More than just a trendy spread for your toasts. Avocados have become increasingly popular over the last decade. Whether spread on a piece of bread, sliced as part of your salad or in a smoothie, many people have incorporated them into their diets. The “avocado fever” has also led some people to deem this tropical fruit a “superfood“.
We won’t say as much, as this label is little more than hyperbole, and is meant to be taken as symbolic when used to talk about foods that are nutritionally dense. You shouldn’t trust one single food with something as important as your health, and none of the so-called “superfoods” will make up for a healthy and balanced diet. Remember to talk to your dietitian or doctor if you want to make changes to your diet and rely only on their advice.
4 ways avocados can be good for your health
With that said, avocados can have impressive properties because of the many nutrients they contain. We’ll go over a few of them.
What is a potassium-loaded fruit? Bananas, you might think. And they do contain lots of it. But they don’t take the crown this time. They contain 358 mg of potassium per 100g, according to the United States Food and Drugs Administration. Avocados have 485 mg per 100g, citing the same source.
Why is this important? Potassium is a nutrient that contributes to the performance of many essential functions. It helps your nerves to function and muscles to contract. It also helps your heart keep a regular beating, and can counteract some of the undesired effects sodium has on blood pressure, the US National Library of Medicine explains.
Yes, they are fatty. In this case, that’s actually a good thing
Avocados are rich in fat, something uncommon for other fruits. This means they are high in calories, but that shouldn’t stop eating them altogether. Dietitian Victoria Taylor, from the British Heart Foundation, answered some questions regarding this issue, and simply advised to be more careful about the rest of the diet. Compared to other fats, like saturated ones, avocados are a good alternative.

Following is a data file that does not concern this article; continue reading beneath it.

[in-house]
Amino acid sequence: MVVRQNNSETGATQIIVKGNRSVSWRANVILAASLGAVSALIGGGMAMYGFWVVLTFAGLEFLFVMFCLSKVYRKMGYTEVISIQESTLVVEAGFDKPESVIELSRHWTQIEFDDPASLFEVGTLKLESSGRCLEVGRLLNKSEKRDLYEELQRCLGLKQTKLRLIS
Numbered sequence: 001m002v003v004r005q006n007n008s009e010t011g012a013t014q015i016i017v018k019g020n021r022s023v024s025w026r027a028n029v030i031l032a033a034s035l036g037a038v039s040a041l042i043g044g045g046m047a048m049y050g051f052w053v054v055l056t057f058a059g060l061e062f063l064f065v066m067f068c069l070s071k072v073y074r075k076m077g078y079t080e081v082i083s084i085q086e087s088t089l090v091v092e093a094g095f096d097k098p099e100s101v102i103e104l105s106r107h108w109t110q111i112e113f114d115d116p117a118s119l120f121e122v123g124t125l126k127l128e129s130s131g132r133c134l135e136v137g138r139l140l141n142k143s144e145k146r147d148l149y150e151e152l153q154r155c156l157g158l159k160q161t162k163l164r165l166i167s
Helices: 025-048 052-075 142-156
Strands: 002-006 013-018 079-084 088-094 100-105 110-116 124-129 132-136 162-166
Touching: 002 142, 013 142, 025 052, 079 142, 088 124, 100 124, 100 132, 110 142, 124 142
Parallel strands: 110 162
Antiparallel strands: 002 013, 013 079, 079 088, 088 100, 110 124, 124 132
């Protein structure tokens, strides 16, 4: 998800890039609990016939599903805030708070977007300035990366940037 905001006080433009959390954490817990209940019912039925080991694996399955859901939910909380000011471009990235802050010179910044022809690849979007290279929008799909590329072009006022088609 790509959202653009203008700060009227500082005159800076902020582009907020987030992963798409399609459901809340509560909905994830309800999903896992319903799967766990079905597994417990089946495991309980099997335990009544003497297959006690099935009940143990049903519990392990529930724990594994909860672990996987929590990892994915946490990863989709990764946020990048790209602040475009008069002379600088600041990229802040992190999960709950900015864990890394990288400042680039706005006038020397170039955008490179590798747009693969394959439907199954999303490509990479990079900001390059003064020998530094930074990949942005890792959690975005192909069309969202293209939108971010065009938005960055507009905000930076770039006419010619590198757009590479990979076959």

Because it’s not only about quantity, but also about quality. Fats found in avocados are mainly unsaturated, the best you can eat. These can help you lower your “bad” cholesterol (HDL). So yes, you should know that they are heavy on the calories side, but you may be already ingesting these from poorer sources.
The may keep your eyes healthy
Avocados are rich in vitamin E. This is an antioxidant, which means it protects your body tissue from free radicals. They also contain many carotenes like lutein and zeaxanthin, the National Library of Medicine confirms.
These substances can help you protect your vision against some chronic eye diseases, like cataracts. People who got the most lutein and zeaxanthin, these studies found, were at a much lower risk of developing cataracts, according to the American Optometric Association.
They help you during pregnancy
One of the vitamins considerably present in avocados is folate, or vitamin B9. This water-soluble vitamin helps your cells divide correctly and in pregnant women allows for the right fetal development, which is why it’s essential for those women expecting. The role of avocados in maternal diets has been studied.
Here you have a few ideas to include avocados in your meals:
Mash it and spread in on a toast for breakfast, adding a runny poached egg and some grilled tomatoes.
Enjoy a tropical salad of diced avocados and mangoes, combined with black beans
Of course, guacamole is an option
Roast a tortilla with feta cheese and avocado, adding cherry tomatoes.
Now you know a few more things about this creamy fruit. As a final advice, remember to keep avocados at room temperature, and don’t wait too long before consuming them. They can overripe and go bad very quickly.